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Shipping Industry & Ports in India

July, 2021

India has 12 major ports and around 205 non-major ports. In FY20, major ports in India handled 704.82 million tonnes (MT) of cargo traffic, implying a CAGR of 2.74% during FY16-FY20. Cargo traffic at non-major ports reached 447.21 MT in FY20 (until December 2019).

India’s key ports had a capacity of 1,534.91 million tonnes per annum (MTPA) in FY20.

In FY21, all key ports in India handled 672.60 million tonnes (MT) of cargo traffic.

Non-major ports accounted for 46% of the total cargo traffic at Indian ports in FY21, due to a significant shift of traffic from the major ports to the non-major ports.

Merchandise exports reached US$ 290.63 billion in FY21.

The Government of India has allowed Foreign Direct Investment (FDI) of up to 100% under the automatic route for projects related to the construction and maintenance of ports and harbours. Ports received a cumulative FDI of US$ 1.64 billion between April 2000 and March 2021. A 10-year tax holiday is extended to enterprises engaged in the business of developing, maintaining, and operating ports, inland waterways, and inland ports. The Government has also initiated National Maritime Development Programme (NMDP), an initiative to develop the maritime sector with a planned outlay of US$ 11.8 billion. In Union Budget 2020-21, the total allocation for the Ministry of Shipping was Rs. 1,702.35 crore (US$ 233.48 million).

The key ports are expected to deliver seven projects worth more than Rs. 2,000 crore (US$ 274.31 million) on a public-private partnership basis in FY22.

The Finance Minister proposed to double the ship recycling capacity of ~4.5 million light displacement tonnes (LDT) by 2024; this is expected to generate an additional ~1.5 lakh employment opportunities in India.

In Union Budget 2021, the government announced subsidy funding worth Rs. 1,624 crore (US$ 222.74 million) to Indian shipping companies to encourage merchant ship flagging in the country.

in February 2021, the Major Port Authorities Bill, 2020 was passed by the Parliament of India. The bill aims to decentralise decision-making and reinforce excellence in major port governance.

As per studies conducted under the Sagarmala Programme, cargo traffic at ports is expected to be ~2,500 MMTPA by 2025, while the current cargo handling capacity of ports is only 2,406 MMTPA. A roadmap has been prepared for increasing the Indian port capacity to 3,300+ MMTPA by 2025 to cater to the growing traffic. This includes port operational efficiency improvement, capacity expansion of existing ports and new port development. There are 206 port modernisation projects worth Rs. 78,611 crore (US$ 10.71 billion). Of which, 81 projects worth Rs. 24,113 crore (US$ 3.29 billion) have been completed and 59 projects worth Rs. 24,288 crore (US$ 3.31 billion) are being implemented.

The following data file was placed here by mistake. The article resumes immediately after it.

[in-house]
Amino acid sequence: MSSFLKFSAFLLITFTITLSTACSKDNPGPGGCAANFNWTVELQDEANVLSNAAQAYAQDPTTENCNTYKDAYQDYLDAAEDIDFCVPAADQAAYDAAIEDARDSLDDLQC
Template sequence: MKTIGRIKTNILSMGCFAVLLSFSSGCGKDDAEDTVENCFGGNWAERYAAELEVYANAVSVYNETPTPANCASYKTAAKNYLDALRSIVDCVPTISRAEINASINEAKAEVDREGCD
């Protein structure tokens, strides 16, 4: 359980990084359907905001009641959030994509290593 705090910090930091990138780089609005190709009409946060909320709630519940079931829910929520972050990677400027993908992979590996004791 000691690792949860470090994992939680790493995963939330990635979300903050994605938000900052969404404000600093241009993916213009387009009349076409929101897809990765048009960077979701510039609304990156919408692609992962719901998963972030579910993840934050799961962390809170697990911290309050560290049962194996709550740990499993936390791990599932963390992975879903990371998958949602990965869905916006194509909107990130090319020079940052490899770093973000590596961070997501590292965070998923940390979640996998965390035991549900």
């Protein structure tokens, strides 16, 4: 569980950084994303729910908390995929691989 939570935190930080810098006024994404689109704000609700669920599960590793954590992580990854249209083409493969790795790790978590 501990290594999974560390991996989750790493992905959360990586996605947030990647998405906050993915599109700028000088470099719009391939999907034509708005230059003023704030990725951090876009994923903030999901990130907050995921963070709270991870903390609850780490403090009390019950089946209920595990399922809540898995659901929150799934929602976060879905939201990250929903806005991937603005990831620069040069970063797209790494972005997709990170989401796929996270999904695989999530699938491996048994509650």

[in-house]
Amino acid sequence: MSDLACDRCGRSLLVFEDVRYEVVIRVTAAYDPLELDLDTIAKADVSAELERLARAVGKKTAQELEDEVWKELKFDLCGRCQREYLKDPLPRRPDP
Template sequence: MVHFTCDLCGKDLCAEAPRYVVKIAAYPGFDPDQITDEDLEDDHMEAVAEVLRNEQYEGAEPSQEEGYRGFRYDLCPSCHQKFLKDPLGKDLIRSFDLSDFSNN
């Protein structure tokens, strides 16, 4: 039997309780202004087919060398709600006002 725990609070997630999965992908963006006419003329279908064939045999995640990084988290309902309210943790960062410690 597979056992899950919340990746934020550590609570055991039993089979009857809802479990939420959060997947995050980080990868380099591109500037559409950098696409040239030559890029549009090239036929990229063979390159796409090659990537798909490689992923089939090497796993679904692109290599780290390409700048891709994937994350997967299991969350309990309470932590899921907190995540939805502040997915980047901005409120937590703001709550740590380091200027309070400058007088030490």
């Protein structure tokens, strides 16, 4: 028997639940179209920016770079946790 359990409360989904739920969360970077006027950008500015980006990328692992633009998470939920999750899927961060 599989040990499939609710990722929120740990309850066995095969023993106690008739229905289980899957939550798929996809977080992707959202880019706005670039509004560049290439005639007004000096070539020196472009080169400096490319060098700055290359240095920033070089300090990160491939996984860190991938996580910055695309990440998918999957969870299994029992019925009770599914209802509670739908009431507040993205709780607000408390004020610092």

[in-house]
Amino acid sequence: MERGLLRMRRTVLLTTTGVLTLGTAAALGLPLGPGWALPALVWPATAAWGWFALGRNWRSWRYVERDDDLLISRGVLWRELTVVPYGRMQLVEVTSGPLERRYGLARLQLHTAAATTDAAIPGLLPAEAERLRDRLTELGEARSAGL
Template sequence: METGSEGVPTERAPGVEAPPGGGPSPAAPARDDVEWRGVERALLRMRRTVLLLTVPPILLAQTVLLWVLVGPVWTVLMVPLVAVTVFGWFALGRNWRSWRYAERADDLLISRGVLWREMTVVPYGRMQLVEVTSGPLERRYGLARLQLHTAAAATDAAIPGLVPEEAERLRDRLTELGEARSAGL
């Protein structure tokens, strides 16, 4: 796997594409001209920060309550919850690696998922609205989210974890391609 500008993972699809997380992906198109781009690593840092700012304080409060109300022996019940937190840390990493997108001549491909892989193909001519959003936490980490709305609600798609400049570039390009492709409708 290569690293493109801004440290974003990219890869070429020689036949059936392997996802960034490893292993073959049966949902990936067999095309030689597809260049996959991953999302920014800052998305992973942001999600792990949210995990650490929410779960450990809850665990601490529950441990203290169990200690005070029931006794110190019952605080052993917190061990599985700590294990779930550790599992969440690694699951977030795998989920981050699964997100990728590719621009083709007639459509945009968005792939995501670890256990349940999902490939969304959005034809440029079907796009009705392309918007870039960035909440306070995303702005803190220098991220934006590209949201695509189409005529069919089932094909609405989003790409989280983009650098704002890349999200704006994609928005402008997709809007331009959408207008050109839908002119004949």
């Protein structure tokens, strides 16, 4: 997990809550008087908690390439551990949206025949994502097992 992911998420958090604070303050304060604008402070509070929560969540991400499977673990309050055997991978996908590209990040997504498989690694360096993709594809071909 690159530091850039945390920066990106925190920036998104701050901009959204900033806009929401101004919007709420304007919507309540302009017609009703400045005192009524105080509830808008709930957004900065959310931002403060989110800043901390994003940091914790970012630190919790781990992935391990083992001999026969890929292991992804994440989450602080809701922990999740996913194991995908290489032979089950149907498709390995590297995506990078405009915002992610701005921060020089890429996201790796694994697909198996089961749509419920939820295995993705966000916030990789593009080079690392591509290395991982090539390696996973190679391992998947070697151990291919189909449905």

The Indian government announced that seven major ports worth US$ 274 million will commence operations under the public-private partnership model in 2021-22. Private sector investments in ports have steadily increased over the last five years, touching an all-time high of US$ 2.35 billion by 2020.

Between April 2021 and August 2021 period, cargo handled at India's 12 state-owned major ports recorded an increase of 19.54% from 245.289 mt the previous year to 293.226 million tonnes (mt).

APSEZ (Adani Ports and Special Economic Zone) plans to become the world's largest private port company by 2030 and carbon neutral by 2025.

In June 2021, the Ministry of Ports, Shipping and Waterways and Ministry of Civil Aviation signed a memorandum of understanding (MoU) to develop sea plane services in India.

In July 2021, the Marine Aids to Navigation Bill 2021 was passed by the Parliament, incorporating global best practices, technological developments and India's international obligations in this field.

In July 2021, the Gujarat government provided an approval to build a new jetty worth ~Rs. 192 crore (US$ 25.77 million) at Navlakhi Port, which has been operating since 1939.

In November 2020, the Prime Minister, Mr. Narendra Modi renamed the Ministry of Shipping as the Ministry of Ports, Shipping and Waterways.

In October 2020, the Ministry of Shipping announced plans to develop a National Logistics Portal (Marine) with end-to-end logistics solutions to help exporters, importers and service providers.

In August 2020, the government announced its plan to invest Rs. 10,000 crore (US$ 1.4 billion) to build transshipment port at the Great Nicobar Island in the Bay of Bengal to provide shippers an alternative ports in the region. The Transshipment port will enable big ships to anchor and raise India's share in maritime trade due to its proximity to the East-West international shipping route.

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